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Major data flaw in two gay dating apps could allow hackers to steal your data

Major data flaw in two gay dating apps could allow hackers to steal your data

A data flaw has been exposed in Jack'D and Grindr Photo: Grindr

A postgraduate student has published evidence showing gay dating apps Grindr and Jack’d have a major data flaw that could allow hackers to steal your personal data.

The study exposes how the gay dating apps have a major privacy weakness. It makes your personal data, including your location, susceptible to hacking.

Jason Chao says he can prove the apps are not encrypting data sent to third party advertisers. This allows anyone to intercept the data transfer, and steal it.

Speaking to Gay Star News, Chao says he could find out people’s age, relationship status, and even location coordinates.

‘It surprised me. Vulnerable people who aren’t out use Grindr and Jack’d. The developers should be assessing the apps’s security all around.’

Because the location data is sent to third-party advertisers without encryption, hackers could use the information to find out who is gay and bi in their area. Something which poses a serious security risk for people using the app in countries where it is illegal to be gay.

But even in countries where LGBTI people are protected by the law, this breach could open up the possibility of people being outed to families and co-workers.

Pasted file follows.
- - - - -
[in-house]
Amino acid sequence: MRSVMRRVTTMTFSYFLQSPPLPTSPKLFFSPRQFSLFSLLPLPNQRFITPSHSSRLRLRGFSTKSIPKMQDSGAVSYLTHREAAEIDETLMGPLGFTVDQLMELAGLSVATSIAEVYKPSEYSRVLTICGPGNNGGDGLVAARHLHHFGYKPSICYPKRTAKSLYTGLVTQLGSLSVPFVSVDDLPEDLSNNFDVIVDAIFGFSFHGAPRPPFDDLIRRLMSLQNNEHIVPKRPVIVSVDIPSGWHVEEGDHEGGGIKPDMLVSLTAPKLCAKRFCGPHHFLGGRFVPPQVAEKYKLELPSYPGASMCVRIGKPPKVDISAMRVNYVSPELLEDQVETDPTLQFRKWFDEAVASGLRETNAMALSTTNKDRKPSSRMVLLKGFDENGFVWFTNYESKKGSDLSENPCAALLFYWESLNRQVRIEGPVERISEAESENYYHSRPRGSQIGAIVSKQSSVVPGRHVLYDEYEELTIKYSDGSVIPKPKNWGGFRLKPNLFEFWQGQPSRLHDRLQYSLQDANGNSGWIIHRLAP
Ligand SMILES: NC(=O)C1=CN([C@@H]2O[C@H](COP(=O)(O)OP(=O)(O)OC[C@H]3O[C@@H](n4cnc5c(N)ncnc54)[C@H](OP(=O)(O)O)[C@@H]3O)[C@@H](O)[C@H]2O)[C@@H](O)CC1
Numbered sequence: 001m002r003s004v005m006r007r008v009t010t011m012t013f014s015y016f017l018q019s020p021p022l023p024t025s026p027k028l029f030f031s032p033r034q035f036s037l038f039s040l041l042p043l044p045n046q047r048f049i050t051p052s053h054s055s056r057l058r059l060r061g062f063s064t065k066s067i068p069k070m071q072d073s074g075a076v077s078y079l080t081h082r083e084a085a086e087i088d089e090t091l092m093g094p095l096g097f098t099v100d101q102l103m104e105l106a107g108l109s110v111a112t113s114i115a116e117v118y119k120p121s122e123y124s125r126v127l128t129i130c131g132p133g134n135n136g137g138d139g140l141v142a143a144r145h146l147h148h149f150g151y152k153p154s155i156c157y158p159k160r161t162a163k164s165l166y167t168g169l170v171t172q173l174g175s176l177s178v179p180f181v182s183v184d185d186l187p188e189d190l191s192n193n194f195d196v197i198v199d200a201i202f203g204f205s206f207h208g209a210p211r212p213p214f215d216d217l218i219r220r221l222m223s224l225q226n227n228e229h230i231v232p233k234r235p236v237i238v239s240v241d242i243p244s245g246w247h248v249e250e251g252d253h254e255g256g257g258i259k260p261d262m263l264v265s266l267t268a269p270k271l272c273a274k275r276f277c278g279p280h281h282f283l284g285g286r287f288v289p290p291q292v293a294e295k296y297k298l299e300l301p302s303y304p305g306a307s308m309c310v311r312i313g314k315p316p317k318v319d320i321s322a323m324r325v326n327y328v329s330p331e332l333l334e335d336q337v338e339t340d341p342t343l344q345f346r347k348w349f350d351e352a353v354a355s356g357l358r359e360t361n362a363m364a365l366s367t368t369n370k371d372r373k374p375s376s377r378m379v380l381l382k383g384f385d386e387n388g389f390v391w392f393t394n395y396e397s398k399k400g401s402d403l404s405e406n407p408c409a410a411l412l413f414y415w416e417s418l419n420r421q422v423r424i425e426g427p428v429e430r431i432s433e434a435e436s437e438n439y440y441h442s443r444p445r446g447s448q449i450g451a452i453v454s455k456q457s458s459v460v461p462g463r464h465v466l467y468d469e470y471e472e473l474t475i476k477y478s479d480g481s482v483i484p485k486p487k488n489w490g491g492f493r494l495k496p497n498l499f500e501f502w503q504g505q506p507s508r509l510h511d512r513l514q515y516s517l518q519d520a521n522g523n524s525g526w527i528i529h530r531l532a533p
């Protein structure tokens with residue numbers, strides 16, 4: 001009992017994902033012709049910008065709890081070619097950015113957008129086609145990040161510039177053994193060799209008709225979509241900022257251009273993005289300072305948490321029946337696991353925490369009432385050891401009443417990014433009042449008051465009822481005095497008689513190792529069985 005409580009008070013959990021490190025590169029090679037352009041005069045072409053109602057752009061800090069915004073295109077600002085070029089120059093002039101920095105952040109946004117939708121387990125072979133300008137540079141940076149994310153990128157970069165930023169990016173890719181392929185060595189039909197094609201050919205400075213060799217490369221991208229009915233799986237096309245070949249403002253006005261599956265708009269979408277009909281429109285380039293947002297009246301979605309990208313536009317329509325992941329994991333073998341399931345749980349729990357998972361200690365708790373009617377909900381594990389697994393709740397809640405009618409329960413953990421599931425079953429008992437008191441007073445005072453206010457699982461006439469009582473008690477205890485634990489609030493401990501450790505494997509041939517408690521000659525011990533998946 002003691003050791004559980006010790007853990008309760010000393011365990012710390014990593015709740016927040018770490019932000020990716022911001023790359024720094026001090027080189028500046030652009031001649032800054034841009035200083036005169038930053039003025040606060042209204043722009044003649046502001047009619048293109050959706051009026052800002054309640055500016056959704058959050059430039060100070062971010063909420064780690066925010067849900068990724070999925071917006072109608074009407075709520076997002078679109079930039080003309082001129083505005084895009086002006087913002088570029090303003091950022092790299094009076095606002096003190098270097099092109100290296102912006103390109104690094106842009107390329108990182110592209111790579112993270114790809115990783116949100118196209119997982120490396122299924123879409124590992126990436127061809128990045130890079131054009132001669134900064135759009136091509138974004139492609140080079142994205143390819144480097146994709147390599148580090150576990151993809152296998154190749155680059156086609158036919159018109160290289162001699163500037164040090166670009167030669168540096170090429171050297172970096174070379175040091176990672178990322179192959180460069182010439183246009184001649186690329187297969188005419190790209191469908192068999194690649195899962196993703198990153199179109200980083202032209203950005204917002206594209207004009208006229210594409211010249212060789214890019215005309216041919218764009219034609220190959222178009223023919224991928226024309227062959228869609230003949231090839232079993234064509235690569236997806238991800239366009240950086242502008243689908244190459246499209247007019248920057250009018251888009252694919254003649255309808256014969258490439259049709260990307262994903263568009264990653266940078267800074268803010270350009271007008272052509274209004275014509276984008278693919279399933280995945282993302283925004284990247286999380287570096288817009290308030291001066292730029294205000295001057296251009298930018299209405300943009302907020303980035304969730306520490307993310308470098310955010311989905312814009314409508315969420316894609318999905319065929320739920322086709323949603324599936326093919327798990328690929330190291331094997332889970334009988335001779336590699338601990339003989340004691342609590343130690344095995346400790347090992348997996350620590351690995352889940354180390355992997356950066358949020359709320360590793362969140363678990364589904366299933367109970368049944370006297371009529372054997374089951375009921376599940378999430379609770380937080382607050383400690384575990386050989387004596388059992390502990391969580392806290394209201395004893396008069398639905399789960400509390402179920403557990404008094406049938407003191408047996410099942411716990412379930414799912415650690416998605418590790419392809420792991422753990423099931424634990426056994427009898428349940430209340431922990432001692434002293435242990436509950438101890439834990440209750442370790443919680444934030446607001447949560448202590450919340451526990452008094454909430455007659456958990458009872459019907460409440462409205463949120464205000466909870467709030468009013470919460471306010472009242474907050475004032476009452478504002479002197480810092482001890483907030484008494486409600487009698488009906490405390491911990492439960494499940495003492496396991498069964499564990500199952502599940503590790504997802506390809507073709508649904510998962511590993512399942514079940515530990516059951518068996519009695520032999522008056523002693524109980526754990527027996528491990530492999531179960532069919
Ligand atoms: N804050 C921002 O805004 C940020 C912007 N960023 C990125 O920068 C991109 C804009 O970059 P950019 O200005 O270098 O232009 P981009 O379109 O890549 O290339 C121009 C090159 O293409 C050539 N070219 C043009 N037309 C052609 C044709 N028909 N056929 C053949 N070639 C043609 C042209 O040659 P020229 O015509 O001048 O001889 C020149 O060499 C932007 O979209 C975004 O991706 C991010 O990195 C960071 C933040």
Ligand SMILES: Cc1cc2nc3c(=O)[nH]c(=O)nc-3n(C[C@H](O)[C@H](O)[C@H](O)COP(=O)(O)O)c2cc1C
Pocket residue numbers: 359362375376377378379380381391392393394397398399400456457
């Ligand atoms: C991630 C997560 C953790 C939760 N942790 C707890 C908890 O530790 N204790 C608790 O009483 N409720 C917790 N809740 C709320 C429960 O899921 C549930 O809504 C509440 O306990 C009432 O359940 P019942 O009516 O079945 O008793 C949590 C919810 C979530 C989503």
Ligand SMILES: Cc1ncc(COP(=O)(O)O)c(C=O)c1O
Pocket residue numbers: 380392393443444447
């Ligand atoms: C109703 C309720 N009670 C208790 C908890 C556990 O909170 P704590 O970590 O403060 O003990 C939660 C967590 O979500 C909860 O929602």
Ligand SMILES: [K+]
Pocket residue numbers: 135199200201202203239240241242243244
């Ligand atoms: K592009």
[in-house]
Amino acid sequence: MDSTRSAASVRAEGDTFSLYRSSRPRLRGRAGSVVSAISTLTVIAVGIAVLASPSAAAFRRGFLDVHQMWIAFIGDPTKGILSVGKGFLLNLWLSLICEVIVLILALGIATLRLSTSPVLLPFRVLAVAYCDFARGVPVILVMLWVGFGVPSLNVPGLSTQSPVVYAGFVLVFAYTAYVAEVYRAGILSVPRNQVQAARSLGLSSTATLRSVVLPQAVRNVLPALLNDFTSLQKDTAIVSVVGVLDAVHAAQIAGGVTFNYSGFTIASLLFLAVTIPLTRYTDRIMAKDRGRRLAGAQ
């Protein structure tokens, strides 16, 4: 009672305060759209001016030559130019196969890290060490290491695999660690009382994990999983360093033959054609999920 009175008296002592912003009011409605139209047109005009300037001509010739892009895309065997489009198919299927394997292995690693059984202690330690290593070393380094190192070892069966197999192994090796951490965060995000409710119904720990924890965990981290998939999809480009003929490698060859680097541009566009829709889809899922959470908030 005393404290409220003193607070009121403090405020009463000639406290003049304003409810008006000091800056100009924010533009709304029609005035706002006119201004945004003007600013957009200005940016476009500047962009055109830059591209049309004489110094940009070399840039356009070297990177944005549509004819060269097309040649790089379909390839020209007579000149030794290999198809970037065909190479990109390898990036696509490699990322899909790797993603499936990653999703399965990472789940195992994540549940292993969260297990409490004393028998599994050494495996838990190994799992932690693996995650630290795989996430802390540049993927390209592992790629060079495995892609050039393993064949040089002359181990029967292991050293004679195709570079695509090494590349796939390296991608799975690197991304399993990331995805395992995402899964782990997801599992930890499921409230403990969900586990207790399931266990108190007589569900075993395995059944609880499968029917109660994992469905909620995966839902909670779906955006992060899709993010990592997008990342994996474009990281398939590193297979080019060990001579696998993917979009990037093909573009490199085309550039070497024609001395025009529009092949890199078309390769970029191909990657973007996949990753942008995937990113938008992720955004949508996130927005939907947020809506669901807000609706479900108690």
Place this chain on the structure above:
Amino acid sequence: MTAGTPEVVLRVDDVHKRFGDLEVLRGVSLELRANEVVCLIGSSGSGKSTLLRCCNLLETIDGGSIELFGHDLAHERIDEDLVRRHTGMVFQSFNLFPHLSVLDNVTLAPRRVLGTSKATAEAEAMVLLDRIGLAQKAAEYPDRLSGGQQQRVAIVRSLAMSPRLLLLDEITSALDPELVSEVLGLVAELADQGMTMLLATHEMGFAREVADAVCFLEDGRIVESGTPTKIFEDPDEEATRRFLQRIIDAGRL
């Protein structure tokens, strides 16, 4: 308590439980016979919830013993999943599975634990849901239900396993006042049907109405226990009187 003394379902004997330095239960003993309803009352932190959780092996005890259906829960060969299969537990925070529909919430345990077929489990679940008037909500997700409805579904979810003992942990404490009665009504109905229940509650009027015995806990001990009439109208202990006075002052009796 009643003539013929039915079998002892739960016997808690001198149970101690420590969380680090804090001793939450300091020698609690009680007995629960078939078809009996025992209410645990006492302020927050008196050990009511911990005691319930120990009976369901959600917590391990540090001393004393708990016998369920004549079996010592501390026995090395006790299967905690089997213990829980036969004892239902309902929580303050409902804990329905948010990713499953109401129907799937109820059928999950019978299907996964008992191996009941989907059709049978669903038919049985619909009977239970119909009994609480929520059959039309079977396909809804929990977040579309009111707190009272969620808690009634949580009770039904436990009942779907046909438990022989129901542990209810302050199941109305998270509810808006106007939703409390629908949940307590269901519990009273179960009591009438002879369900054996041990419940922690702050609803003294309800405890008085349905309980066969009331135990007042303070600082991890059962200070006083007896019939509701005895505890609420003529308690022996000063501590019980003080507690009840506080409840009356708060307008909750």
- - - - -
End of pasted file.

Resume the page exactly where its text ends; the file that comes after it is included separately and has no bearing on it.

Chao explains what his study means for your privacy on the apps in this short video:

This is how you can protect yourself until the apps fix the breach

Chao believes the app developers are ultimately responsible for the safety of the users.

‘I am not the first one to discover Grindr and Jack’d being leaky. Researchers at a Japanese university were the first ones to point out the issue of both apps sending unencrypted data to third-party advertisers. However, they only saw evidence of device models and carrier names being susceptible to hackers. But in my study, I also found personal data is accessible too.’

Chao gives this advice to GSN readers:

‘For the time being, using VPN can protect yourself from the leakage of unencrypted data from Grindr and Jack’d.’

However, Chao says shifting the responsibility for privacy to the users is not a long-term solution:

‘It’s the job of the developers of Grindr and Jack’d to correct this.’

Gay Star News has reached out to Grindr and Jack’d.

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